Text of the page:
A computerized “virtual counselor” co-piloted by Boston University School of Public Health (BUSPH) researchers to collect patients’ family histories was successful in identifying relatives’ health conditions, including hypertension and diabetes, in an underserved patient population, a new study says.
Researchers from BUSPH and Boston University School of Medicine (BUSM) reported in the journal Genetics in Medicine that the results from a pilot study of the computer-animated program they developed “demonstrate the acceptability of a virtual counselor, as well as the feasibility of using this platform to collect family health history in an electronic format.” The new touch-screen tool also overcame “some of the previously identified barriers” in collecting information using another existing computerized tool (the Surgeon General’s My Family Health Portrait, or MFHP).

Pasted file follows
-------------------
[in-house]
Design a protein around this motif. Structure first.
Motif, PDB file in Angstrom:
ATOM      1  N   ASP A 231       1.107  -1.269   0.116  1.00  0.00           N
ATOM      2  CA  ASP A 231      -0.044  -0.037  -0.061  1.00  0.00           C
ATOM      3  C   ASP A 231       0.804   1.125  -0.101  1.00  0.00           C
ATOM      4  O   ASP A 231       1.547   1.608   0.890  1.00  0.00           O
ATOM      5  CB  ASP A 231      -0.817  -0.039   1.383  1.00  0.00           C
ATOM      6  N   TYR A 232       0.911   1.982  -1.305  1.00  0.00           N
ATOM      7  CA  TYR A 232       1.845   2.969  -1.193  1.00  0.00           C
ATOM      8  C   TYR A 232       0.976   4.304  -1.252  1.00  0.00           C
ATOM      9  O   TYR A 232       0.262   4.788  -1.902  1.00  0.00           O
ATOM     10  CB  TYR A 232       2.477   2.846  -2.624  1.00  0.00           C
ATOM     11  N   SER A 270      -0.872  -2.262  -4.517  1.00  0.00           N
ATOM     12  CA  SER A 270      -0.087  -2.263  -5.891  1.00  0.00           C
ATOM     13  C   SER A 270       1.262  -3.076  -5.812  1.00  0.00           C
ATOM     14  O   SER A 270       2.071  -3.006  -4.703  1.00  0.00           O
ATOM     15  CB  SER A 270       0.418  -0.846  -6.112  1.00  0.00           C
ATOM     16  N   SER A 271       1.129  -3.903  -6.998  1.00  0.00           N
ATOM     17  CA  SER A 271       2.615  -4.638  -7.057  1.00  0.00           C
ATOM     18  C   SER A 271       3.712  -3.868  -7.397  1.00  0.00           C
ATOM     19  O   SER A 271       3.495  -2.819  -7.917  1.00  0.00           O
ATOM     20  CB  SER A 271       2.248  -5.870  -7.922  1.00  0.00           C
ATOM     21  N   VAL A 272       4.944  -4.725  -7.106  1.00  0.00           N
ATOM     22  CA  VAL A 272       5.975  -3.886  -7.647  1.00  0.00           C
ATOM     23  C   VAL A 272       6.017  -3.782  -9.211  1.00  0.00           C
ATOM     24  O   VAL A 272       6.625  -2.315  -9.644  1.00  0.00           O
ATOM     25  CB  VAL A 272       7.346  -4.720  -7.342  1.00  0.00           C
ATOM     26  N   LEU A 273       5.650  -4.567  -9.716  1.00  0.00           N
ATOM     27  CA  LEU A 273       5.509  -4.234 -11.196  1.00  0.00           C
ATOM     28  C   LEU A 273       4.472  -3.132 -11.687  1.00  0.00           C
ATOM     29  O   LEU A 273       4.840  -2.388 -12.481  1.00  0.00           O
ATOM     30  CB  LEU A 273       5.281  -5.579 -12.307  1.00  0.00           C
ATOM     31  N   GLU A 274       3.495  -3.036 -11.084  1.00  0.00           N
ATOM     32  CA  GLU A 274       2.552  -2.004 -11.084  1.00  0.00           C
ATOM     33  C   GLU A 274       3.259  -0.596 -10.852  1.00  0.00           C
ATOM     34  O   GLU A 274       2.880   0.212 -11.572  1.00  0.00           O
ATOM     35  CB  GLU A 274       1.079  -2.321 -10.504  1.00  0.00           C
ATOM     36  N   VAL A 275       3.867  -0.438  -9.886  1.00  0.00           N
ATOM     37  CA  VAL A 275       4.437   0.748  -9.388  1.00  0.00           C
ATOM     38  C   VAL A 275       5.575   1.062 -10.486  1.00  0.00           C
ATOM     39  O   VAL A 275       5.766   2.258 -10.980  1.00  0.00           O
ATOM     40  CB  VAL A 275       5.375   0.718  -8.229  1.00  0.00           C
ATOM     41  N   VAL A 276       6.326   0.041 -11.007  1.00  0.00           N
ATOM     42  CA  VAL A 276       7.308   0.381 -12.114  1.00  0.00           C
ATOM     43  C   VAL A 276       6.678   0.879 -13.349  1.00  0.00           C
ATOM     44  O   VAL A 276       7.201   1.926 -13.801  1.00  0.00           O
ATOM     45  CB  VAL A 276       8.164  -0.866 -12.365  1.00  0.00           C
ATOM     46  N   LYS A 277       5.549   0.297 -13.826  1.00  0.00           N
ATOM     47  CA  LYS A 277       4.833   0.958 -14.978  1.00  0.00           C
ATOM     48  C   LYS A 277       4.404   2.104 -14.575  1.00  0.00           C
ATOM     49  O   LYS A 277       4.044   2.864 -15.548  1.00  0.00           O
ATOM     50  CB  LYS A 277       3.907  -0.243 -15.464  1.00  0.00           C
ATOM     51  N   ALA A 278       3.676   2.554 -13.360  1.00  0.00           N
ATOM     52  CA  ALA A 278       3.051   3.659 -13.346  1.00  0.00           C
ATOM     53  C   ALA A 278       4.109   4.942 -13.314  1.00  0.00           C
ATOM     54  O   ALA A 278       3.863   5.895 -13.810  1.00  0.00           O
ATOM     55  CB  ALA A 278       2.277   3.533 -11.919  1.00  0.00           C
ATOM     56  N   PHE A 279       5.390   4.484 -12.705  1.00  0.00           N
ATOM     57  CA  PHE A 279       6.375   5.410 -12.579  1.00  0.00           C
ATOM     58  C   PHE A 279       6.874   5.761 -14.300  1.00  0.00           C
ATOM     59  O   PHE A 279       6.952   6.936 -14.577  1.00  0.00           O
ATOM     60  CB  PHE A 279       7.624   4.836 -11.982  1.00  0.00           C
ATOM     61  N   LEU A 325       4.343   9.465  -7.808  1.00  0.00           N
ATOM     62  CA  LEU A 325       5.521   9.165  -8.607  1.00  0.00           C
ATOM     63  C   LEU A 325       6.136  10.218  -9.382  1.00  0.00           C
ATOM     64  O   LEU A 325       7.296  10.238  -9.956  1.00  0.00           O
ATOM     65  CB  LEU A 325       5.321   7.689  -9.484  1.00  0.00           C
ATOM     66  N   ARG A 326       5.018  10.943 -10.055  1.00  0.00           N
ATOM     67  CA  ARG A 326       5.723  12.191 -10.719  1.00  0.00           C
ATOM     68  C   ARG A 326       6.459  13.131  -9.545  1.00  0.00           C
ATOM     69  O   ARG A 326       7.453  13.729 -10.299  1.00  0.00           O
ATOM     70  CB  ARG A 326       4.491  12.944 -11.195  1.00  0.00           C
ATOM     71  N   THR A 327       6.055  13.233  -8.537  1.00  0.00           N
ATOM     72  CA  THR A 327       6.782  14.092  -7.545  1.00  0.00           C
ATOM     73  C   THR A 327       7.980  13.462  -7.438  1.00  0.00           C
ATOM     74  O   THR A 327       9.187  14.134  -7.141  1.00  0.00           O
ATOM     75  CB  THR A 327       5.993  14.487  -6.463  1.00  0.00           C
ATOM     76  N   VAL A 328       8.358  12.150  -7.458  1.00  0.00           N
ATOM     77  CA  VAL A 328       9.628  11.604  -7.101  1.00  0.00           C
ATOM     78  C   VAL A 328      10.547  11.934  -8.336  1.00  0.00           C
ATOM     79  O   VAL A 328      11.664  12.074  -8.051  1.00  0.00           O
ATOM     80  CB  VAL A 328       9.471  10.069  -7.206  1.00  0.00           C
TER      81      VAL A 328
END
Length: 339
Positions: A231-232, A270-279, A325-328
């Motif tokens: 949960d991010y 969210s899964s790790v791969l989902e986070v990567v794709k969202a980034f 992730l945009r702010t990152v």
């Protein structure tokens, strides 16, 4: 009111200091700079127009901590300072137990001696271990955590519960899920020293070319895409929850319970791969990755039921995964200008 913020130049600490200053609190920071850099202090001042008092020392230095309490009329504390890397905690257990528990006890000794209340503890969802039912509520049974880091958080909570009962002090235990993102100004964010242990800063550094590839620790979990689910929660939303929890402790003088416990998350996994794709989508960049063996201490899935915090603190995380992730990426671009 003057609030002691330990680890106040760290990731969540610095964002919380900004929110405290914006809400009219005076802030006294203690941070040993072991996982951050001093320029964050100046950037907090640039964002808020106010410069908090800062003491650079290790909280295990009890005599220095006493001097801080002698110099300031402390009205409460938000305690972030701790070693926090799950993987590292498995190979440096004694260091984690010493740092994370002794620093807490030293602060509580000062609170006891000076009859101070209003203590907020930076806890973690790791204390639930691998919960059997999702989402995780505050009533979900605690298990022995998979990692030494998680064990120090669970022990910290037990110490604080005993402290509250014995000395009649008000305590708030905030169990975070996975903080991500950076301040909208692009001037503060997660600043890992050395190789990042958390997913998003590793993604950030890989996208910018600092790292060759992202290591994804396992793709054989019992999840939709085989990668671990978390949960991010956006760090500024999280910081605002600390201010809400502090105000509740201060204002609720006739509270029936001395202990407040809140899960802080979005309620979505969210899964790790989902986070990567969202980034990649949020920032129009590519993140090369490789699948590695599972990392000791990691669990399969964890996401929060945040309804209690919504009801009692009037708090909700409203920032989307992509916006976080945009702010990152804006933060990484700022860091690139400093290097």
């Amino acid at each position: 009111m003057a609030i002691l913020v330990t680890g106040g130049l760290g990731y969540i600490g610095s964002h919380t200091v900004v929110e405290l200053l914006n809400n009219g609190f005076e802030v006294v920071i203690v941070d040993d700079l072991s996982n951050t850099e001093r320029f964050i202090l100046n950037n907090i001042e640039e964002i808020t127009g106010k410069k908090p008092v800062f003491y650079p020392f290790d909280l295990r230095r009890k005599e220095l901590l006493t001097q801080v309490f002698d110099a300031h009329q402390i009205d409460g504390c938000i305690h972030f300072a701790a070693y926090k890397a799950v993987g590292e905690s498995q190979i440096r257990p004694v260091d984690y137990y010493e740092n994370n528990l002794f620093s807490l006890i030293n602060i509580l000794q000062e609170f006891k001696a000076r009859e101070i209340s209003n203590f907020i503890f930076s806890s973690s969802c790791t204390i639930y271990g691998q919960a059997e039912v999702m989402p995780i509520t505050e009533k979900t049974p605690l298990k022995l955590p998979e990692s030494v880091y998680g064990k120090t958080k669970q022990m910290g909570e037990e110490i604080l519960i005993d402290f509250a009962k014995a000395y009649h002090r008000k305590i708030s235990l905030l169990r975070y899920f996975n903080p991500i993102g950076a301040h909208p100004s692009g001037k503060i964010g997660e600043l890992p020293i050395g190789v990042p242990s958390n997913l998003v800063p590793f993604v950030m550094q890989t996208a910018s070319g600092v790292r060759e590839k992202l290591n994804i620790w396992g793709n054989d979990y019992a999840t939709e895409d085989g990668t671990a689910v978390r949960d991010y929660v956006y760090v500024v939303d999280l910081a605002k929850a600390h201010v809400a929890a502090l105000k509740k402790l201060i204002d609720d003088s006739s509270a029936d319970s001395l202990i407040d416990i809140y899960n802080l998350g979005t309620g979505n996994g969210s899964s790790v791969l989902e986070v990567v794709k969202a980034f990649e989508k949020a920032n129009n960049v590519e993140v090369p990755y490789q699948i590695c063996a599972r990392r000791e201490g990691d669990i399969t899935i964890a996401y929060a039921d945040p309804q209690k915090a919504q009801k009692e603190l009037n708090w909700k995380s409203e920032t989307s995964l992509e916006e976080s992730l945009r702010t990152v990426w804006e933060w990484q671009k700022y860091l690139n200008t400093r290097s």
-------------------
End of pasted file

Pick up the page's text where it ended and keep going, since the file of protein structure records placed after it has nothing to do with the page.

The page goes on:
The new program — dubbed “VICKY,” for Virtual Counselor for Knowing Your Family History — identified 86 percent of first-degree relatives, as compared to full family histories obtained by a genetics counselor. Its success rate in detecting six health conditions was 49 percent — higher than the MFHP rate — with significantly higher detection for hypertension and type 2 diabetes.
Dr. Catharine Wang, associate professor of community health sciences at BUSPH and lead author of the study, said family health history is “one of the most important risk factors for many chronic conditions,” yet its integration into clinical practice has had “surprisingly poor frequency and quality.” Among the most commonly cited barriers to collecting the information are a lack of time, lack of physician compensation for the efforts, and a lack of standardized collection methods, she said.
To read more about the study, go to: http://www.bu.edu/sph/2015/01/23/researchers-pilot-new-way-to-collect-family-health-history/